This thousand-year peace that is set before us is therefore a peace hedged around with war. It was won by war; the participants in it have come to it through war; it ends in war. What now is this thousand-year peace? It is certainly not what we have come traditionally to understand by the “millennium,” as is made evident by many considerations, and sufficiently so by this one: that those who participate in it are spoken of as mere “souls” (ver. 4) – “the souls of them that had been beheaded for the testimony of Jesus and for the Word of God.” It is not disembodied souls who are to constitute the Church during its state of highest development on earth, when the knowledge of the glory of God covers the earth as the waters cover the sea. Neither is it disembodied souls who are thought of as constituting the kingdom which Christ is intending to set up in the earth after His advent, that they may rule with Him over the nations. And when we have said this, we are surely following hard on the pathway that leads to the true understanding of the vision. The vision, in one word, is a vision of the peace of those who have died in the Lord; and its message to us is embodied in the words of xiv. 13: “Blessed are the dead which die in the Lord, from henceforth” – of which passage the present is indeed only an expansion.
The picture that is brought before us here is, in fine, the picture of the “intermediate state” – of the saints of God gathered in heaven away from the confused noise and garments bathed in blood that characterize the war upon earth, in order that they may securely await the end.8 The thousand years, thus, is the whole of this present dispensation, which again is placed before us in its entirety, but looked at now relatively not to what is passing on earth but to what is enjoyed “in Paradise.” This, in fact, is the meaning of the symbol of a thousand years. For, this period between the advents is, on earth, a broken time – three and a half years, a “little time” (ver. 3)9 – which, amid turmoil and trouble, the saints are encouraged to look upon as of short duration, soon to be over. To the saints in bliss it is, on the contrary, a long and blessed period passing slowly and peacefully by, while they reign with Christ and enjoy the blessedness of holy communion with Him – “a thousand years.”10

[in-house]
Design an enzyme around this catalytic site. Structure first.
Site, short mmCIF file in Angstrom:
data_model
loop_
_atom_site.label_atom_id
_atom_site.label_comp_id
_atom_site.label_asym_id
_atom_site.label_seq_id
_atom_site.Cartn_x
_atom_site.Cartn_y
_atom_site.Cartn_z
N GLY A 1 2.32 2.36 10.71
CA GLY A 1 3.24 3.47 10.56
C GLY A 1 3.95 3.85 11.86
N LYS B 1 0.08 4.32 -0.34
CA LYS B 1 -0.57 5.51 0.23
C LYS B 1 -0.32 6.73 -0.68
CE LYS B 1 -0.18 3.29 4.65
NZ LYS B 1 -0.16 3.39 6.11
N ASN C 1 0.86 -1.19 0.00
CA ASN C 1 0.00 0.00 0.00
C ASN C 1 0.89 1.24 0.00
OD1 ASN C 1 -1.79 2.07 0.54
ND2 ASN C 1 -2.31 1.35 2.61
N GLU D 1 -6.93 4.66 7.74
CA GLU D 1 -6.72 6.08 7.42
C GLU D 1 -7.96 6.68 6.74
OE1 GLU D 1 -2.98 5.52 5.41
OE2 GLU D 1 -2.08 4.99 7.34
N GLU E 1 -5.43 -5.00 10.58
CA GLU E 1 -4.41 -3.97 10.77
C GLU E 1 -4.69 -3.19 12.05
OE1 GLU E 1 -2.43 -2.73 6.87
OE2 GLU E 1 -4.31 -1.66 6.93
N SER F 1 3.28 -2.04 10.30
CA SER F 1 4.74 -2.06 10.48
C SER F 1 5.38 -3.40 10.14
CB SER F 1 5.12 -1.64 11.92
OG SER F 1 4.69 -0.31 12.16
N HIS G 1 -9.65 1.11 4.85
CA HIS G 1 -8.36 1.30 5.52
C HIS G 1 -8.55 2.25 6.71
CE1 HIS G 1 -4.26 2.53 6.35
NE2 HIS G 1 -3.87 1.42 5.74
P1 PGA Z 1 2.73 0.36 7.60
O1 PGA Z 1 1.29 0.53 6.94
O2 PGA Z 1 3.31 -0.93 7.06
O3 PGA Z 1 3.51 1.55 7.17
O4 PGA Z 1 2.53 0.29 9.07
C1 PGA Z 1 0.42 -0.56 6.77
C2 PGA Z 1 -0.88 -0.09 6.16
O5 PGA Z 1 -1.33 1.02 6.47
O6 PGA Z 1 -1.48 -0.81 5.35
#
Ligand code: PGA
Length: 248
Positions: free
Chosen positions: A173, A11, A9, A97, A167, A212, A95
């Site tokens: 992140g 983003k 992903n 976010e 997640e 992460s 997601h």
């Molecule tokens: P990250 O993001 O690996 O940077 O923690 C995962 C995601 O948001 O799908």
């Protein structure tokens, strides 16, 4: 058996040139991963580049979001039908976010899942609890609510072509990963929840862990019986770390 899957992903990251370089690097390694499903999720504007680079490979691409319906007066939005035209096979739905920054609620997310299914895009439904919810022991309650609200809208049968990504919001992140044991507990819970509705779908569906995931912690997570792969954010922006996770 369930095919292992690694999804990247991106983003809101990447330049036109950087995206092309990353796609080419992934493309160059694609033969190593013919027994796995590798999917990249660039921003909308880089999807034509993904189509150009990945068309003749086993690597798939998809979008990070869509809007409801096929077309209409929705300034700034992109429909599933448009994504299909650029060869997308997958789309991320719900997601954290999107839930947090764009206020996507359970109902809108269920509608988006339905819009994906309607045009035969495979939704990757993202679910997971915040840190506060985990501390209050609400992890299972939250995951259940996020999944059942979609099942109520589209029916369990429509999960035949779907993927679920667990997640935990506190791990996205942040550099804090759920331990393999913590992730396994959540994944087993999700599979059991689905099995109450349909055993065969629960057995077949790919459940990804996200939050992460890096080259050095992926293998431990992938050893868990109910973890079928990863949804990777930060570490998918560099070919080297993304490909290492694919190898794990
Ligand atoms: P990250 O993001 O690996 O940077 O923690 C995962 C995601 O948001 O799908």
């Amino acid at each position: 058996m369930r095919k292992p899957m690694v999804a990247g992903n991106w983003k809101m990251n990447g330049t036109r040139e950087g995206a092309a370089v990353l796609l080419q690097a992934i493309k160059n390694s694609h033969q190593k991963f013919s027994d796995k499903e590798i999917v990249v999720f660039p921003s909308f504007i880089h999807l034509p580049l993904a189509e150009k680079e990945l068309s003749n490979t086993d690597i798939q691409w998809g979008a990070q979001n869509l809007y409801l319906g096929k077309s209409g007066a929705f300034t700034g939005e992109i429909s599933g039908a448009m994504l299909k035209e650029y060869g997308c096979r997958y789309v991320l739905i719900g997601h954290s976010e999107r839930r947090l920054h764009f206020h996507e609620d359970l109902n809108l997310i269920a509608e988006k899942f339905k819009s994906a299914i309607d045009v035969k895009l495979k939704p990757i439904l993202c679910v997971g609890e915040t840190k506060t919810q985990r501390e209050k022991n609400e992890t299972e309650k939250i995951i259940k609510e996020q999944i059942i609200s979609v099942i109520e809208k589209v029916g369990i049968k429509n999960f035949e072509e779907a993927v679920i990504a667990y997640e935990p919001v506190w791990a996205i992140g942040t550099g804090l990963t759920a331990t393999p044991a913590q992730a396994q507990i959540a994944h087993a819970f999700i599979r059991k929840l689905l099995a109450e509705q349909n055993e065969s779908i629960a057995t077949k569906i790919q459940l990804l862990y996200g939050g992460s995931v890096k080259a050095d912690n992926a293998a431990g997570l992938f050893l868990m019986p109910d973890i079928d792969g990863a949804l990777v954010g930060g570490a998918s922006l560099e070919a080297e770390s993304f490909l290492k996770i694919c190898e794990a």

Of course the passage (xx. 1-10) does not give us a direct description of “the intermediate state.” We must bear in mind that the book we are reading is written in symbols and gives us a direct description of nothing that it sets before us, but always a direct description only of the symbol by which it is represented. In the preceding vision (xix. 11-21) we had no direct description of the triumph and progress of the Gospel, but only of a fierce and gruesome war: the single phrase that spoke of the slaying sword as “proceeding out of the mouth” of the conqueror alone indicated that it was a conquest by means of persuading words. So here we are not to expect a direct description of the “intermediate state”: were such a description given, that would be evidence enough that the intermediate state was not intended, but was rather the symbol of something else. The single hint that it is of the condition of the “souls” of those who have died in Christ and for Christ that the seer is speaking, is enough here to direct our thoughts in the right direction. What is described, or rather, to speak more exactly – for it is a course of events that is brought before us – what is narrated to us is the chaining of Satan “that he should deceive the nations no more”; the consequent security and glory of Christ’s hitherto persecuted people; and the subsequent destruction of Satan. It is a description in the form of a narrative: the element of time and chronological succession belongs to the symbol, not to the thing symbolized. The “binding of Satan” is, therefore, in reality, not for a season, but with reference to a sphere; and his “loosing” again is not after a period but in another sphere: it is not subsequence but exteriority that is suggested. There is, indeed, no literal “binding of Satan” to be thought of at all: what happens, happens not to Satan but to the saints, and is only represented as happening to Satan for the purposes of the symbolical picture. What actually happens is that the saints described are removed from the sphere of Satan’s assaults. The saints described are free from all access of Satan – he is bound with respect to them: outside of their charmed circle his horrid work goes on. This is indicated, indeed, in the very employment of the two symbols “a thousand years” and “a little time.” A “thousand years” is the symbol of heavenly completeness and blessedness; the “little time” of earthly turmoil and evil. Those in the “thousand years” are safe from Satan’s assaults: those outside the thousand years are still enduring his attacks. And therefore he, though with respect to those in the thousand years bound, is not destroyed; and the vision accordingly requires to close with an account of his complete destruction, and of course this also must needs be presented in the narrative form of a release of Satan, the gathering of his hosts and their destruction from above.